The problem started when the clocks in host systems crossed into Tuesday and the product license for the ESX/ESXi 3.5 Update 2 expired, preventing customers from turning on virtual machines.
VMware on Tuesday reported a major flaw in its latest hypervisor update that prevented customers from turning on virtual machines, which run business applications in virtualized environments within data centers.
The problem, which appeared to be widespread, started when the clocks in host systems crossed into Tuesday. The time change caused the product license for the ESX/ESXi 3.5 Update 2 to expire, preventing customers from turning on virtual machines or moving the VMs.
"VMware is alerting customers and partners of this problem," the company said in an e-mailed statement. "VMware has made this a high-priority issue and has been working around the clock to resolve the problem."
The flaw is within the code of the latest hypervisor update, which was released July 27. VMware, a subsidiary of EMC, said it expects to issue an "express patch" Tuesday to customers in production with the update. A permanent patch is expected by noon Wednesday, once testing is completed. VMware plans to post a page on its site to download the patch.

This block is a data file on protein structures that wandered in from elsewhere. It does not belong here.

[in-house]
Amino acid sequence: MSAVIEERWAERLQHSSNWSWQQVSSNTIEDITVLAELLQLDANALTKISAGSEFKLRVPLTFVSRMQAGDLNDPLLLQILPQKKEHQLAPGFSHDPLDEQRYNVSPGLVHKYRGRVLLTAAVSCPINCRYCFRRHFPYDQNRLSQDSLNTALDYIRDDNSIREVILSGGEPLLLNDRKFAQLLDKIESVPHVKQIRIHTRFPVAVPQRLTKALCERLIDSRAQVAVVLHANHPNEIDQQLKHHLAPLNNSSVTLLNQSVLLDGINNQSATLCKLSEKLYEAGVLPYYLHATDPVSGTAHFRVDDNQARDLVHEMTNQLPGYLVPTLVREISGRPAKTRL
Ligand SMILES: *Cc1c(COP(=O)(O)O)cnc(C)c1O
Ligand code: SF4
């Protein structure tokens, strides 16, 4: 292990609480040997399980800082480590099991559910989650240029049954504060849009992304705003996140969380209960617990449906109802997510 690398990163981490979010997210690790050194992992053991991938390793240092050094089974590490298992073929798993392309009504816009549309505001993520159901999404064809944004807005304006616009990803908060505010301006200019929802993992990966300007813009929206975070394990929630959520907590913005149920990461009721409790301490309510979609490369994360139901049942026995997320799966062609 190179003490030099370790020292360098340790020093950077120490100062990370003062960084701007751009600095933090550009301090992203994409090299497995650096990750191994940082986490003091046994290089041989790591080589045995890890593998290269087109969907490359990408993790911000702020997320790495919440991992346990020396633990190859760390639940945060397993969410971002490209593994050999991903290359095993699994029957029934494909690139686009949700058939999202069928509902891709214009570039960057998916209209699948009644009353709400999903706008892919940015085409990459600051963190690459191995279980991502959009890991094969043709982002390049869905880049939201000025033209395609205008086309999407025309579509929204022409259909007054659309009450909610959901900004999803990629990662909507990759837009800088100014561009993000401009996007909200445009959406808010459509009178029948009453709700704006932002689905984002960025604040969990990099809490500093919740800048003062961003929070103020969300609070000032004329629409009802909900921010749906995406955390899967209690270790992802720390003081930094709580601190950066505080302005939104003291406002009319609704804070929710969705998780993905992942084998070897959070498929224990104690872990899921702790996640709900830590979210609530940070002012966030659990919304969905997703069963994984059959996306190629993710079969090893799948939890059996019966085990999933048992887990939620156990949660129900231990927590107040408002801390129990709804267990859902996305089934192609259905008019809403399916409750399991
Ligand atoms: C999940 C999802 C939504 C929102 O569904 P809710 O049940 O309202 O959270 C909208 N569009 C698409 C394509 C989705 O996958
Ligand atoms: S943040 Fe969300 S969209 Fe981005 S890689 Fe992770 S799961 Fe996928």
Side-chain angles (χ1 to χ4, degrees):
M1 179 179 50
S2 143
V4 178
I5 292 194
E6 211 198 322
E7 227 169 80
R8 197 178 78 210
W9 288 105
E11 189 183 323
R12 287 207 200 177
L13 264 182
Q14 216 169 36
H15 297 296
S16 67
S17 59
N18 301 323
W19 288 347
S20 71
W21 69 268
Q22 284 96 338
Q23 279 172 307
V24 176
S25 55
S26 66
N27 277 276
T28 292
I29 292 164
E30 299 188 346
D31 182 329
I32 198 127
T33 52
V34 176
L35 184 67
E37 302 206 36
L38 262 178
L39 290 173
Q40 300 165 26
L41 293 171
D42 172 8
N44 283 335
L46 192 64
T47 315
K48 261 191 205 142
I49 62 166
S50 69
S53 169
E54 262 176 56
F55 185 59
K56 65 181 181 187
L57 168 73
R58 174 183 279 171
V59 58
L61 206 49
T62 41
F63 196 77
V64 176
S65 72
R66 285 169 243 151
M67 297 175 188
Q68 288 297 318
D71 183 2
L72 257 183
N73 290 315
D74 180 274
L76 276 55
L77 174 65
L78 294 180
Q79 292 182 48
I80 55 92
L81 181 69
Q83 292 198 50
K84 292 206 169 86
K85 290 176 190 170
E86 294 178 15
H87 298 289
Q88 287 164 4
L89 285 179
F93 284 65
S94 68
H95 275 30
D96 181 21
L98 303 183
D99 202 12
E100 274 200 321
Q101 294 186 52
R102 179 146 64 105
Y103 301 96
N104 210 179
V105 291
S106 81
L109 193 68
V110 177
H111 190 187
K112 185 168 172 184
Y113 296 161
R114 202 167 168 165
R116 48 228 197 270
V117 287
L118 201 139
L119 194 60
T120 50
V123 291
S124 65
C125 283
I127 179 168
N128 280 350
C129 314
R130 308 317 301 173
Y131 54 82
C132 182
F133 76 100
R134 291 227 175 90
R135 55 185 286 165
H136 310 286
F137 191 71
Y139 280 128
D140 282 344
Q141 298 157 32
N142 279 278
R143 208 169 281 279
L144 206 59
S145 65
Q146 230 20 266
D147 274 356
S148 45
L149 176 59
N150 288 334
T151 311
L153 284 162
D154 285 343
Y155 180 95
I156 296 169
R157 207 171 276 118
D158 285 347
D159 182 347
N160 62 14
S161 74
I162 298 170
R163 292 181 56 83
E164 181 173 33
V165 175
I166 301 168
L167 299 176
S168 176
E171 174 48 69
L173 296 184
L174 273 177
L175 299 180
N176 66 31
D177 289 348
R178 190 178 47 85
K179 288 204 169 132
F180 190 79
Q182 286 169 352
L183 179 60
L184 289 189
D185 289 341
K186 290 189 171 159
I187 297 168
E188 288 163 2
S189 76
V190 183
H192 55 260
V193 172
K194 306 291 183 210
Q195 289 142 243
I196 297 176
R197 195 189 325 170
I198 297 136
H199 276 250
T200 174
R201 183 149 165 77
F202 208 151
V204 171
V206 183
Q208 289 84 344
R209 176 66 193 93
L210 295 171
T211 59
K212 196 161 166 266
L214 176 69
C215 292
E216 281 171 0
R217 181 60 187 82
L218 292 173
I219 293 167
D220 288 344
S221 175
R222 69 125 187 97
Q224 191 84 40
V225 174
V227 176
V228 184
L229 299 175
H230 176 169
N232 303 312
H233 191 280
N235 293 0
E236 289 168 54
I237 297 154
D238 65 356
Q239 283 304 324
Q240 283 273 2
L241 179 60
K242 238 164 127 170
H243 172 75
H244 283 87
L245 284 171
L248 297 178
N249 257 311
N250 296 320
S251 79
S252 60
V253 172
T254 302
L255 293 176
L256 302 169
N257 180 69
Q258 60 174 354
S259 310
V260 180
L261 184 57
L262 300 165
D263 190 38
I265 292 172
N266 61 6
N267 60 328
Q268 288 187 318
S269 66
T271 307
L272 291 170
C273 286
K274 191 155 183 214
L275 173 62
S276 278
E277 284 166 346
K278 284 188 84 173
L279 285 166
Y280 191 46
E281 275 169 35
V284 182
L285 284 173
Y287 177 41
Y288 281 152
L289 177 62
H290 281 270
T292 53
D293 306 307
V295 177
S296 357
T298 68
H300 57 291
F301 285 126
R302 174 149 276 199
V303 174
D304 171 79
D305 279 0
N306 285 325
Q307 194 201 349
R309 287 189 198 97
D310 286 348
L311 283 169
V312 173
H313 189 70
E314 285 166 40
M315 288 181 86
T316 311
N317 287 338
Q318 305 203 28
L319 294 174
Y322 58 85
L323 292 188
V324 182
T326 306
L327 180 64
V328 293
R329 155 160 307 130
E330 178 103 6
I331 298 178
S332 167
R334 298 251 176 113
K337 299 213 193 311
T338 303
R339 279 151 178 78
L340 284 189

VMware has not said how many customers are affected, but the problem appears to be widespread, given that the company's discussion forum on the topic recorded nearly 18,000 views as of noon Pacific time. As a quick fix, customers could set back their system clocks to Aug. 10. However, some reported they were legally prevented from changing the clock, which would alter the timestamp on operations.
VMware customers reported that the company's tech support was swamped with calls. "Just got off the phone with tech support and they've been inundated by calls about this very problem," one customer said on the forum.
Others expressed frustration in trying to figure out what was wrong before the problem was disclosed. "Been bashing my head on this last couple of hours," a user wrote.
On July 28, VMware started offering its ESXi hypervisor at no charge, in a move meant to counter Microsoft's Hyper-V, which the software maker released as a $28 feature in Windows Server 2008. The ESXi version represents a version of ESX that's easier to install and use.
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